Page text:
Serco employed a terror offender to drive bin lorries despite restrictions sparked by a series of deadly vehicle attacks, a court has heard.
The court heard the 50-year-old had told a recruitment agency and Serco about his previous convictions, but concealed the vehicles he was driving from police.
He was jailed for 10 months on Thursday for breaching a terrorist notification order, which was updated in 2019 with an obligation to give police details of any vehicles he used.
Rowe, of St Johns Wood in north west London, was the subject of a 15-year notification order after being freed from a 2005 prison sentence.
He was originally imprisoned for being found with instructions for operating mortars after returning from jihadist battlegrounds in Bosnia, Chechnya and other countries.
Judge Angela Rafferty QC said notification requirements were of utmost importance to “keep the public safe”.
Sentencing Rowe at the Old Bailey, she highlighted the “carnage” of attacks like in London Bridge, Westminster Bridge and Finsbury Park in which vehicles were used as weapons.
“You, a terrorist offender, drove a heavy goods vehicle in this city without notifying the police you were doing so,” she told the defendant. ”You put your own self interest above the notification requirements.“
Other released terror offenders have been subject to a ban on driving heavy vehicles including Usman Khan, who was refused permission to drive a dumper truck for a potential construction job in 2019.
Months later, he murdered two victims in a terror attack at a rehabilitation event held at Fishmongers’ Hall.
Rowe admitted nine breaches of his notification order, which came into effect after he was freed from prison in 2010.
The court heard that Rowe failed to tell police about the vehicles he was driving while employed by Serco as a rubbish collector in 2019.
He had been notified of the requirement in March that year, but only told police he was looking for a job driving heavy goods vehicles in August.
Police then became aware he had obtained work with Serco via a recruitment agency, the court heard.
Over two months, Rowe drove nine vehicles a total of 31 times as part of his work at Hammersmith and Fulham Council.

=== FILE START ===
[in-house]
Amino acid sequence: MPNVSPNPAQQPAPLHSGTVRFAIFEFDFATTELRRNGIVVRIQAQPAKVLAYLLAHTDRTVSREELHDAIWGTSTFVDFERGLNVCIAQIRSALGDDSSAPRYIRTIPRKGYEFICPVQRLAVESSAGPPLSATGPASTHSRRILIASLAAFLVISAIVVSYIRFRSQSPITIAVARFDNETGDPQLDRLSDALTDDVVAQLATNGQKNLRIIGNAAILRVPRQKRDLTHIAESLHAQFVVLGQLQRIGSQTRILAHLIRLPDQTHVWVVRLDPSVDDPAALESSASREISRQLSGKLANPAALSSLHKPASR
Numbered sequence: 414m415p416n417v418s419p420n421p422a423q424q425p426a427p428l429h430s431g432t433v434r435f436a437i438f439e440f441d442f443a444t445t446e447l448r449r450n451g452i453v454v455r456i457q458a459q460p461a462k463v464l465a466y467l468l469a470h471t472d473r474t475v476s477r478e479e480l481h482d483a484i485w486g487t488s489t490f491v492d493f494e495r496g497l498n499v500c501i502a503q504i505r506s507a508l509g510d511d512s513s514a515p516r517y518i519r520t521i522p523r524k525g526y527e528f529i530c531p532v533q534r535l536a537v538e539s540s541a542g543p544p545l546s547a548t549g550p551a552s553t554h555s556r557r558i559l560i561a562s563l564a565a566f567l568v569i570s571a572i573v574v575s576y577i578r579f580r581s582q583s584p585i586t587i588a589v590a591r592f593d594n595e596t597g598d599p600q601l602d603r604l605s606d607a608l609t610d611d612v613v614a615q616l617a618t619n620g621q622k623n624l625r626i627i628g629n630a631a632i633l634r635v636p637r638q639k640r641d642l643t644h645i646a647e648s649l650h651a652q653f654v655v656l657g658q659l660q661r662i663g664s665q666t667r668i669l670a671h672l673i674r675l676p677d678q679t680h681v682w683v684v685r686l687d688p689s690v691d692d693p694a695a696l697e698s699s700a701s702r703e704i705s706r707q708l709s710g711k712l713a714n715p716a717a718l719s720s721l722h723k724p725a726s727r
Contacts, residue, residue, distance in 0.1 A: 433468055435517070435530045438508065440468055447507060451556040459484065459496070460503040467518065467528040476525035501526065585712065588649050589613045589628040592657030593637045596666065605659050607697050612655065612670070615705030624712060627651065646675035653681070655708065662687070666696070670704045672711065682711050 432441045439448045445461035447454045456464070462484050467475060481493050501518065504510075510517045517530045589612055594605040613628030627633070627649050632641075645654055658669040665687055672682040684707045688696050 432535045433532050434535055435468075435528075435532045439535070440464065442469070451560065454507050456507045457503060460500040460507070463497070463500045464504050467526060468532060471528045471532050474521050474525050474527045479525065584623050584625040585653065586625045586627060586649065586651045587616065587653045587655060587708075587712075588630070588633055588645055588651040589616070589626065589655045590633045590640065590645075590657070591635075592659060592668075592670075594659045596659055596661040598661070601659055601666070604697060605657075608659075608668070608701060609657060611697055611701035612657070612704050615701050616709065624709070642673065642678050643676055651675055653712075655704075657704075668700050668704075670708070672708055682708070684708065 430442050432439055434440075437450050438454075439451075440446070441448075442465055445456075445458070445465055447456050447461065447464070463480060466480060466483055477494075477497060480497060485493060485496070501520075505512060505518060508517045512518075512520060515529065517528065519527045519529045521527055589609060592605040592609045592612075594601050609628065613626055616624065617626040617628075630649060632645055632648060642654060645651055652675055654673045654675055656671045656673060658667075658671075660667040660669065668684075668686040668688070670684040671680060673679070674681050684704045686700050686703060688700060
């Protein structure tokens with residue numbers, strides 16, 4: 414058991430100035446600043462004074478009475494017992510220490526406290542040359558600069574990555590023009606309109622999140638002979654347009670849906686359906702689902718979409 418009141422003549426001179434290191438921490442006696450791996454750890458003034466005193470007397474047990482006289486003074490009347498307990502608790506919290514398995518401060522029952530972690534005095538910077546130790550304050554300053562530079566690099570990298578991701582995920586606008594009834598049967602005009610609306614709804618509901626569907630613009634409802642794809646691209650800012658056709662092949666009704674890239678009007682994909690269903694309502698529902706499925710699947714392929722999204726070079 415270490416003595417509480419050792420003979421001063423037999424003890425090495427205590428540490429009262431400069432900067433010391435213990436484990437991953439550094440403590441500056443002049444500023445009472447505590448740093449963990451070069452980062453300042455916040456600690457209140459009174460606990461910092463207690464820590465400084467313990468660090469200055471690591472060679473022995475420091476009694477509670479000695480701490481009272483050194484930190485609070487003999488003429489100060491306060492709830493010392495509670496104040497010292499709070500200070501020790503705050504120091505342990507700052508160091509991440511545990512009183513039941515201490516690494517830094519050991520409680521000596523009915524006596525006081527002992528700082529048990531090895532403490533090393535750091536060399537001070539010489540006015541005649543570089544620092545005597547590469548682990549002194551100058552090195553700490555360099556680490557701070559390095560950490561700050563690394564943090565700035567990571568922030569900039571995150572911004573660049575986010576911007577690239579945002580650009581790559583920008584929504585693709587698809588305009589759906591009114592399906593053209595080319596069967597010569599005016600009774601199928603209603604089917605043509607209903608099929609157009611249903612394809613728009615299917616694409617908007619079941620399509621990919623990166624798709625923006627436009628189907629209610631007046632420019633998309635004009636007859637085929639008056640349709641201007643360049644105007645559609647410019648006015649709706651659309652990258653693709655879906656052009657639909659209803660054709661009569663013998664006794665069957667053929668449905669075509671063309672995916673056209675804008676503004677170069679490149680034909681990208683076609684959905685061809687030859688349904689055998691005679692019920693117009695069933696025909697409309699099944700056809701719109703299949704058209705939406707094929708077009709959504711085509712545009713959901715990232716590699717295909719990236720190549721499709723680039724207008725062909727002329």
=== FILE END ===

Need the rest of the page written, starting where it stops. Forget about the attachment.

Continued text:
Defence barrister Catherine Oborne said he had expressed a desire to ”live a normal life and get back in society“.
”He was trying to do a decent job as a refuse collector,” she added. “That job did give him pride and dignity.
“He was described as one of the best workers for Serco and they were considering offering him a full-time position rather than as agency staff.”
On the risk of allowing a terror offender to drive a large vehicle, Ms Oborne added: “Of course there is a plain and obvious concern that the police would no doubt have about use of HGV lorries but there was no specific risk in respect or this defendant himself.
“He was a defendant who had been released into the community for nine years and although convicted of other offences, he has not been convicted of any further terrorism offences or and further breach.”
The court heard Rowe did not want to live on benefits and had engaged with a painting and decorating course, and a university degree in international development and NGO management.
Prosecutor Peter Ratliff said: ”This defendant lost his job as a consequence of these proceedings.“
Rowe, a former drug dealer who converted to Islam in the 1990s, travelled to several warzones and is believed to have joined jihadist groups.
He was arrested on the French side of the Channel Tunnel in 2003, while trying to return to the UK, carrying socks bearing traces of high explosives that prosecuors said could be from cleaning mortars and weapons.
In 2019, he admitted benefits fraud after receiving more than £5,000 in Jobseekers’ Allowance while working.
Additional reporting by PA
This article was amended on 9 August 2021 to changes references to a ‘ban’ on driving lorries, to ‘restrictions’ , as it was not a ban on driving lorries per se.